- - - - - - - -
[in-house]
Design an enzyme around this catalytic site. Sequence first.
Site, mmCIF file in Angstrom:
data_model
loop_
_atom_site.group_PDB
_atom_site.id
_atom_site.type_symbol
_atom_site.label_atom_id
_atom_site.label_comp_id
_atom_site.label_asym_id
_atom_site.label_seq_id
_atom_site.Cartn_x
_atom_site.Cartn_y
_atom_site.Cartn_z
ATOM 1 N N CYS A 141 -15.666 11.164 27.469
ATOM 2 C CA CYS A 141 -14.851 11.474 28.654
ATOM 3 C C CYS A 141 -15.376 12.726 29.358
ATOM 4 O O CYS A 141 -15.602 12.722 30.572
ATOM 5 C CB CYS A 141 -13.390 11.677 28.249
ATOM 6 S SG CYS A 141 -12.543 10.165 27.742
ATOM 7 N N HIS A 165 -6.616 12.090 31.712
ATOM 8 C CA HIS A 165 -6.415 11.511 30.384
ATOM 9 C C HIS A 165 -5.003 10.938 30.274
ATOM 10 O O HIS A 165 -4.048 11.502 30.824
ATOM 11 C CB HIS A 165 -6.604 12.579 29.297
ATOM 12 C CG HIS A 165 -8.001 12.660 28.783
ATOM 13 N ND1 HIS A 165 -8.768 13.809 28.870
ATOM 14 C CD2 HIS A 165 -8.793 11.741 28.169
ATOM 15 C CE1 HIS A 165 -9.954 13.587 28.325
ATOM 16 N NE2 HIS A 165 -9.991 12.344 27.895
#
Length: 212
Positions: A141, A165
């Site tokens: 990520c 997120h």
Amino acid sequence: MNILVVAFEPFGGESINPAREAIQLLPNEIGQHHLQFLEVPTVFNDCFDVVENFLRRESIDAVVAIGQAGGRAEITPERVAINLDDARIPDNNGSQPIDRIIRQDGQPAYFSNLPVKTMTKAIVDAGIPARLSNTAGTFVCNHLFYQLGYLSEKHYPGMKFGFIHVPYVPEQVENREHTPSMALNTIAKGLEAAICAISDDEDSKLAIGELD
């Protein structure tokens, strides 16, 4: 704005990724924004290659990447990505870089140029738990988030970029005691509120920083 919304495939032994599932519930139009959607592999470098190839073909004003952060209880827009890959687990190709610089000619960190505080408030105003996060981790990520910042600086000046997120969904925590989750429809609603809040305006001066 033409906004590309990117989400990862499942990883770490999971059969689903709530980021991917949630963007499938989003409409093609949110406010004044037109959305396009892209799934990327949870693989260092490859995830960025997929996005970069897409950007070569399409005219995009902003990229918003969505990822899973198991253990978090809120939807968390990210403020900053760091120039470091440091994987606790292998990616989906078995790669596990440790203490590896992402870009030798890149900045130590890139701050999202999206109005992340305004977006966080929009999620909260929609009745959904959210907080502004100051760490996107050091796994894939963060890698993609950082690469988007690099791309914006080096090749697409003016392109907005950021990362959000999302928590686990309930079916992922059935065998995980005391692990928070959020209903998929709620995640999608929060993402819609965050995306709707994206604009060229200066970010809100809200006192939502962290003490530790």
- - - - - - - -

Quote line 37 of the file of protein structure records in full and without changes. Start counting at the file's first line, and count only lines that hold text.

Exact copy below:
């Protein structure tokens, strides 16, 4: 704005990724924004290659990447990505870089140029738990988030970029005691509120920083 919304495939032994599932519930139009959607592999470098190839073909004003952060209880827009890959687990190709610089000619960190505080408030105003996060981790990520910042600086000046997120969904925590989750429809609603809040305006001066 033409906004590309990117989400990862499942990883770490999971059969689903709530980021991917949630963007499938989003409409093609949110406010004044037109959305396009892209799934990327949870693989260092490859995830960025997929996005970069897409950007070569399409005219995009902003990229918003969505990822899973198991253990978090809120939807968390990210403020900053760091120039470091440091994987606790292998990616989906078995790669596990440790203490590896992402870009030798890149900045130590890139701050999202999206109005992340305004977006966080929009999620909260929609009745959904959210907080502004100051760490996107050091796994894939963060890698993609950082690469988007690099791309914006080096090749697409003016392109907005950021990362959000999302928590686990309930079916992922059935065998995980005391692990928070959020209903998929709620995640999608929060993402819609965050995306709707994206604009060229200066970010809100809200006192939502962290003490530790």